Since the housing need not engage opposite sides of the tube, as is required in prior art devices, it is possible to pass the probe of the present invention by obstructions which would block prior art devices. Further, since the housing of the present invention does not have any moving parts, dirt and grit which may bind prior art probes have no effect on the probe of the present invention. It will be seen that the flexible connection between the probe body and the guide members, provided by the cable, allows the probe to flexibly accommodate, in three dimensions, restrictions and corners within the pipe. It will also be seen that the arcuate contact area 22 of the probe body permits a pair of coils to be circumferentially or laterally positioned in close proximity with one another and that the larger contact area provided thereby has the additional benefit of reducing the wear rate of the contact area.

It will be understood that the principles and spirit of the present invention can be achieved in other ways. For example, the guides may be of piece construction. At least the two guides adjacent the housing may be formed to be eccentric, as shown in FIG. 4, and secured to the shaft to engage the diametrically opposed side of the tube from the tube contact area of the housing or at other suitable angular intervals. This arrangement would be desirable if it was necessary to increase the clearance between the guides and tube wall. As shown in FIG. 5, it is also possible to preset a bend in the portion of the shaft between the pair of guides between which the housing is positioned. FIG. 6 illustrates a double, axially spaced housing having two sets of eddy current probes or other sensing mechanisms. FIG. 7 illustrates a double, circumferentially spaced arrangement in which two sets of sensing mechanisms are circumferentially spaced.

FIG. 8 illustrates an alternative embodiment of the present invention. The components in this embodiment are identical to those of FIG. 1 and therefore the same reference numerals have been used to designate the same components. Unlike the embodiment of FIG. 1 which relies on radial pre-stressing of the drive cable to urge the housing against the tube wall, this embodiment relies on the centrifugal force produced during rotation of the probe to radially displace the cable and permit housing to engage the tube wall. Thus, in this embodiment, the sum of the radial displacement of the contact area of each of the housing and its adjacent pair of guides from the axis of the shaft is less than or equal to the inner diameter of the tube. Thus, when the probe is inserted into a tube, the contact area of the housing does not or just barely engage the inner surface of the tube wall. This may facilitate insertion of the probe into the tube. Probes of the type with which the present invention is concerned are typically rotated at about 300 rpm. When the probe is rotated, the centrifugal force produced by the eccentric construction of the housing will urge the housing radially outwardly toward and against the inner surface of the tube, against the resistance of the drive cable. It will be understood that the drive cable must be selected to permit this action while still having sufficient torsional stiffness to rotate the probe.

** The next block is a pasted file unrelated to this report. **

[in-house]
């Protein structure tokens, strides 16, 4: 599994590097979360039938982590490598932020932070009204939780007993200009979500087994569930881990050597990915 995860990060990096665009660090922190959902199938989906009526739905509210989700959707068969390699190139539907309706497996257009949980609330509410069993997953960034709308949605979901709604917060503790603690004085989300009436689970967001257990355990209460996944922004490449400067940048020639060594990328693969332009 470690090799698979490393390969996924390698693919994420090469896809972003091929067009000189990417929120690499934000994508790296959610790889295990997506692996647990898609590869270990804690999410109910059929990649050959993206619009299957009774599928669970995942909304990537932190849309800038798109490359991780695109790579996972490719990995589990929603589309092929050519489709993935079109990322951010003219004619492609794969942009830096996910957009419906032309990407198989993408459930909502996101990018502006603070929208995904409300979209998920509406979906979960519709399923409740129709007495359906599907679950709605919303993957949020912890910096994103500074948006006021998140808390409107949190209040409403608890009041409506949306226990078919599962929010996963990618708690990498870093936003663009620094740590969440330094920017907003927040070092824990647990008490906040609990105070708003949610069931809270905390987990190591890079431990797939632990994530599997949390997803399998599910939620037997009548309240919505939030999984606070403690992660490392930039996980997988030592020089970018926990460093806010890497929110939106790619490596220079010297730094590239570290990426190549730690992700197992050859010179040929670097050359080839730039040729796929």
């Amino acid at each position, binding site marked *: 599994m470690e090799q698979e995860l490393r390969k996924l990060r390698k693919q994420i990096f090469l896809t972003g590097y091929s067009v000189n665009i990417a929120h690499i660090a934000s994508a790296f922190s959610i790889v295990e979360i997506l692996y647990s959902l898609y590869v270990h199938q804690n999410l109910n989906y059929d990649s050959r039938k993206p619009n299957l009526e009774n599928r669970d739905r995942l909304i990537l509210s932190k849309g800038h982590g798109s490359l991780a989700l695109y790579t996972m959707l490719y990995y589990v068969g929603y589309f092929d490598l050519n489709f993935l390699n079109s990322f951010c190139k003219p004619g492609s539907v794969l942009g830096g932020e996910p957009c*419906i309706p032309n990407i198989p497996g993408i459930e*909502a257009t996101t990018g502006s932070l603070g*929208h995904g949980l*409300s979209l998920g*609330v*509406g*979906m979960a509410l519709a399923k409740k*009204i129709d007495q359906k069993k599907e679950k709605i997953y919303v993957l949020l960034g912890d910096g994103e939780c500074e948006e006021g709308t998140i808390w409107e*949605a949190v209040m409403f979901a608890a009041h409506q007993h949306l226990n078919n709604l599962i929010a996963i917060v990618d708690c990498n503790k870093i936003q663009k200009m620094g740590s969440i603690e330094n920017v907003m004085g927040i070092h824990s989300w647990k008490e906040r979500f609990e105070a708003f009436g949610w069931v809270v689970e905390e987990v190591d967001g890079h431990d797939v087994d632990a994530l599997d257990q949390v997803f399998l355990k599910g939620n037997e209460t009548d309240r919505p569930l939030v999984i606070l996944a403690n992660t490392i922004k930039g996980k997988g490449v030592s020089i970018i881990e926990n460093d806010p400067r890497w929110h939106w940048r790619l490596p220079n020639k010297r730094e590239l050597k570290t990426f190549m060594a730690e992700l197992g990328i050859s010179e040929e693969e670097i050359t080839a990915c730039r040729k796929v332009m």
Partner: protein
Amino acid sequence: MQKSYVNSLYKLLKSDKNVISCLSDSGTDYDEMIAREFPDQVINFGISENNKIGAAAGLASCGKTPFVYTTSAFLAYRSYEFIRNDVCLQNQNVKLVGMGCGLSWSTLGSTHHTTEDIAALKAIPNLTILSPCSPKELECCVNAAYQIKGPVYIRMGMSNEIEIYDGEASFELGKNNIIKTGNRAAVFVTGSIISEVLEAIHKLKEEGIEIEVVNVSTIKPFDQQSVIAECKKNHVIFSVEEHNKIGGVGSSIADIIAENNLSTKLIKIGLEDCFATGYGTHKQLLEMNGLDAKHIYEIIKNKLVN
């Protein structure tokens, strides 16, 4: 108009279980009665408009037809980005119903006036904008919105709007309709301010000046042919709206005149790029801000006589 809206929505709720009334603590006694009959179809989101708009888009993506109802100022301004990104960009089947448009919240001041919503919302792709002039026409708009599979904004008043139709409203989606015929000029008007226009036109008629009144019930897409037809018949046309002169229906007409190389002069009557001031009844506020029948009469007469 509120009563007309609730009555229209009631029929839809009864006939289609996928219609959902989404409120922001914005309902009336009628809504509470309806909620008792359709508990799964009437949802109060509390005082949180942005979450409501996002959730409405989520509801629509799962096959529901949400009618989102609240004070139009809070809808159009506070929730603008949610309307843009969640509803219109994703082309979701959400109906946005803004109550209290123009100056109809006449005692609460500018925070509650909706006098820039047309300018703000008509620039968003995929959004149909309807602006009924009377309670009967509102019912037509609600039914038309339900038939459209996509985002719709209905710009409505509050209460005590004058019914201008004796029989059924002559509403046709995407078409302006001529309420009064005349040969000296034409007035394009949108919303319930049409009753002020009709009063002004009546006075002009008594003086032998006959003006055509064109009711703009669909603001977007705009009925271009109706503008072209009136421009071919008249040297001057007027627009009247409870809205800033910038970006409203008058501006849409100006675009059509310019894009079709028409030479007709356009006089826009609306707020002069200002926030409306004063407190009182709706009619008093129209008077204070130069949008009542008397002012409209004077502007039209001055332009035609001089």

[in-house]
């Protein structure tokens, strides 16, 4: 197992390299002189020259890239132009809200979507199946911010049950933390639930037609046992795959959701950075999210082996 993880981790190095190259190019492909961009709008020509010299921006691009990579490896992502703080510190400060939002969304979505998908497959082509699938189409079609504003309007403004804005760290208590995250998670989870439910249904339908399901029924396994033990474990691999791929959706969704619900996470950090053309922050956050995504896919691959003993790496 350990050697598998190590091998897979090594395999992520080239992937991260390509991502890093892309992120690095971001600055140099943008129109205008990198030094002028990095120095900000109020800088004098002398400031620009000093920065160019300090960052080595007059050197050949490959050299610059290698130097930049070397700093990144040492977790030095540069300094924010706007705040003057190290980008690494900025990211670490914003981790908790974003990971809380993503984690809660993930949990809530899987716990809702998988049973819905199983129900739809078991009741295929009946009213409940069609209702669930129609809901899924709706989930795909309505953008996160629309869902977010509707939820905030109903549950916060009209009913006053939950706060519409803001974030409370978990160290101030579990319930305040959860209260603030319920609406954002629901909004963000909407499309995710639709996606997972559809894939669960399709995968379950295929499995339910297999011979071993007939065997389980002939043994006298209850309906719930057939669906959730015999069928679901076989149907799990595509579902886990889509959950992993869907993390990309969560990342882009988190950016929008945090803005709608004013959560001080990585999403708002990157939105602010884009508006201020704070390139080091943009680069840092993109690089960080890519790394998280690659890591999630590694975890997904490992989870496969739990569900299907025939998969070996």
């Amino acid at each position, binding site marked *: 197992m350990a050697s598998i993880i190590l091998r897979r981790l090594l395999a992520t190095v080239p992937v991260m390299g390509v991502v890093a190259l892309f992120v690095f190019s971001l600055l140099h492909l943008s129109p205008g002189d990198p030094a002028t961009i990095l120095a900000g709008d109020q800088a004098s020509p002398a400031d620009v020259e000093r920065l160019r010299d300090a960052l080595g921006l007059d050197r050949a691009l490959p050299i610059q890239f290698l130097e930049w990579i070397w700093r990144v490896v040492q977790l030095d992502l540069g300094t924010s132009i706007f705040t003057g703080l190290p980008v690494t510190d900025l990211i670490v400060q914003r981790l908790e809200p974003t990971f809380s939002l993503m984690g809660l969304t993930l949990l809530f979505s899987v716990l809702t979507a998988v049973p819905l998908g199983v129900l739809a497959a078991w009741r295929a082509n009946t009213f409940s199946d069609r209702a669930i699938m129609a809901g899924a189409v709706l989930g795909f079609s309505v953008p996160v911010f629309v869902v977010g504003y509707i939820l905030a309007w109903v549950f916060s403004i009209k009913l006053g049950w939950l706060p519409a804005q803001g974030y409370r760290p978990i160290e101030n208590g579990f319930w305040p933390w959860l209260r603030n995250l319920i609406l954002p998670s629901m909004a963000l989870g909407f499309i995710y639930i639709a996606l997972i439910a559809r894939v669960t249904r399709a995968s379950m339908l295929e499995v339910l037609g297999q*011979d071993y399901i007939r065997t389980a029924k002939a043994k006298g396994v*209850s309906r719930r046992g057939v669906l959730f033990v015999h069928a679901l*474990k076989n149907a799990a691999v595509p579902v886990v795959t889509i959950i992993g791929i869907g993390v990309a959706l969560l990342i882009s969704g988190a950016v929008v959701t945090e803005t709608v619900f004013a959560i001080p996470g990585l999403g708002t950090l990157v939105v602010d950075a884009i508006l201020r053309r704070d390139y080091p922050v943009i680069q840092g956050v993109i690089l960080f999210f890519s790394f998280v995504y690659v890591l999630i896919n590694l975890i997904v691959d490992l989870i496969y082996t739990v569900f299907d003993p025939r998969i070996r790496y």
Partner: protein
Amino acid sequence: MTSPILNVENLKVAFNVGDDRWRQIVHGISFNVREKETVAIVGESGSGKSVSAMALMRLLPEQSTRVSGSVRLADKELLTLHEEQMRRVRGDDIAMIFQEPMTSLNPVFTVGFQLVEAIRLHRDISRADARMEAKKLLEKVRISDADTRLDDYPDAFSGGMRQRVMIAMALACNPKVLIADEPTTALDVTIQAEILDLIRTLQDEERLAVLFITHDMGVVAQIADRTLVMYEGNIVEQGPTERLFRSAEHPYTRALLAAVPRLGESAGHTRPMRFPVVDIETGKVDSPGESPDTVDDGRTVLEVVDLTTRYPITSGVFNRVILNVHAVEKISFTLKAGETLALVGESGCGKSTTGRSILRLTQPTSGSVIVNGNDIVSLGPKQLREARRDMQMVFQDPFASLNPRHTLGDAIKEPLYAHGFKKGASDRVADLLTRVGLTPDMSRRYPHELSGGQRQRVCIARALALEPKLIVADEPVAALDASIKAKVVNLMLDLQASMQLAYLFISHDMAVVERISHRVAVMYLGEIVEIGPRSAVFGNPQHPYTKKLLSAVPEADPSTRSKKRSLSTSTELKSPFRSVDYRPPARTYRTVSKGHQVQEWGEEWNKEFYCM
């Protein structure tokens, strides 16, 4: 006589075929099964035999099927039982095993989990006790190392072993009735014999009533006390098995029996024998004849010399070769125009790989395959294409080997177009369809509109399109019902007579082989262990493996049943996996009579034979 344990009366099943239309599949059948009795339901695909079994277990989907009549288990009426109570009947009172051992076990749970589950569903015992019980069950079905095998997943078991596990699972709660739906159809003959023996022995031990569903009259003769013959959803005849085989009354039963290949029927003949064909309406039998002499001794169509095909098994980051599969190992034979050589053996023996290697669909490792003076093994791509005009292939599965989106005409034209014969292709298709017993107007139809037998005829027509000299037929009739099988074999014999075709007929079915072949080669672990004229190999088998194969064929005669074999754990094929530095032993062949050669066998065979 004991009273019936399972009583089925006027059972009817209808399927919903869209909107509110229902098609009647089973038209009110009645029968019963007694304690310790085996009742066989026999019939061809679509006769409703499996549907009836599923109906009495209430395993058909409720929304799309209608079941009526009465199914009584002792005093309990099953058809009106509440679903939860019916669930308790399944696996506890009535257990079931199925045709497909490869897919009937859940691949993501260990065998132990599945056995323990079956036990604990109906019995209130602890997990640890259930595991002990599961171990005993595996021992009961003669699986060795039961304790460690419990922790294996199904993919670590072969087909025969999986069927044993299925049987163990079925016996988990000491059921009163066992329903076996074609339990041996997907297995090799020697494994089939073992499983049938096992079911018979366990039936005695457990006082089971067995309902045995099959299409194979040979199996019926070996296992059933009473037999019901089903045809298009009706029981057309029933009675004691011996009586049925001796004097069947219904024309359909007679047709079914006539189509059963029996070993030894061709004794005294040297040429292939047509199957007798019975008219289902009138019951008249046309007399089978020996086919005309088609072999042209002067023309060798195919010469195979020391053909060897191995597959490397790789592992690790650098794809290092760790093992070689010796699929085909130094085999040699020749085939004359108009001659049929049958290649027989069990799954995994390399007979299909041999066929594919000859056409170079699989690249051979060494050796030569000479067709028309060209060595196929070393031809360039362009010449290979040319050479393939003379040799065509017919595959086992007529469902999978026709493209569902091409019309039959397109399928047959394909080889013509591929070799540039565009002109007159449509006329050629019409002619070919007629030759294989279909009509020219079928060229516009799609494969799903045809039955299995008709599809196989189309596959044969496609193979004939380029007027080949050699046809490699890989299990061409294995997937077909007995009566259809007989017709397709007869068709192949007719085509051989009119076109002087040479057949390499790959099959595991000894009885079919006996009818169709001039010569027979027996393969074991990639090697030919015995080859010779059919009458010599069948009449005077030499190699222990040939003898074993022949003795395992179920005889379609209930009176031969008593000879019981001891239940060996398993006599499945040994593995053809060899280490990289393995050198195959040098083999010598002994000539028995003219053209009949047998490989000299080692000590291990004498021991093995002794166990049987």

It will be understood that various other modifications and modifications can be made without departing from the spirit of the present invention.

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Referenced by
Citing PatentFiling datePublication dateApplicantTitle
US5675251 *Jul 7, 1994Oct 7, 1997Hydroscope Inc.Device and method for inspection of pipelines
US5793205 *Mar 14, 1996Aug 11, 1998Framatome Technologies, Inc.Coil and guide system for eddy current examination of pipe
US6087830 *Sep 30, 1997Jul 11, 2000Hydroscope Canada Inc.Flexible device for remote field eddy current inspection of ferrous pipeline containing turns
US6359434Sep 30, 1998Mar 19, 2002Hydroscope Cananda Inc.Method and system for determining pipeline circumferential and non-circumferential wall loss defects in a water pipeline
US7095410Dec 20, 2000Aug 22, 2006O'connor Henry MoncrieffMethod for generating and displaying complex data utilizing color-coded signals
US7143659Dec 17, 2002Dec 5, 2006Pinnacle West Capital CorporationPipe-inspection system
US7694564 *May 21, 2007Apr 13, 2010Alstom Technology Ltd.Boiler tube inspection probe with centering mechanism and method of operating the same
US8342033 *Jun 10, 2008Jan 1, 2013Basf SeMethod for avoiding overloading of a shaft
US8752622 *May 1, 2009Jun 17, 2014Advanced Perforating Technologies LimitedDownhole tool for investigating perforations
US20100171490 *Jun 10, 2008Jul 8, 2010Basf SeMethod for Avoiding Overloading of a Shaft
US20110094734 *May 1, 2009Apr 28, 2011Advance Perforating Technologies LimitedDownhole tool
Classifications
U.S. Classification324/220, 324/262
International ClassificationG01N27/90, G01B7/28
Cooperative ClassificationG01B7/281, G01N27/902
European ClassificationG01N27/90A1B, G01B7/28A
Legal Events
DateCodeEventDescription
Feb 23, 2007FPAYFee payment
Year of fee payment: 12
Mar 24, 2003FPAYFee payment
Year of fee payment: 8
Mar 16, 1999FPAYFee payment
Year of fee payment: 4
Aug 23, 1993ASAssignment
Owner name: ATOMIC ENERGY OF CANADA LIMITED, CANADA
Free format text: ASSIGNMENT OF ASSIGNORS INTEREST;ASSIGNORS:CECCO, VALENTINO S.;PANTERMOLLER, WERNER E.;REEL/FRAME:006669/0953
Effective date: 19930623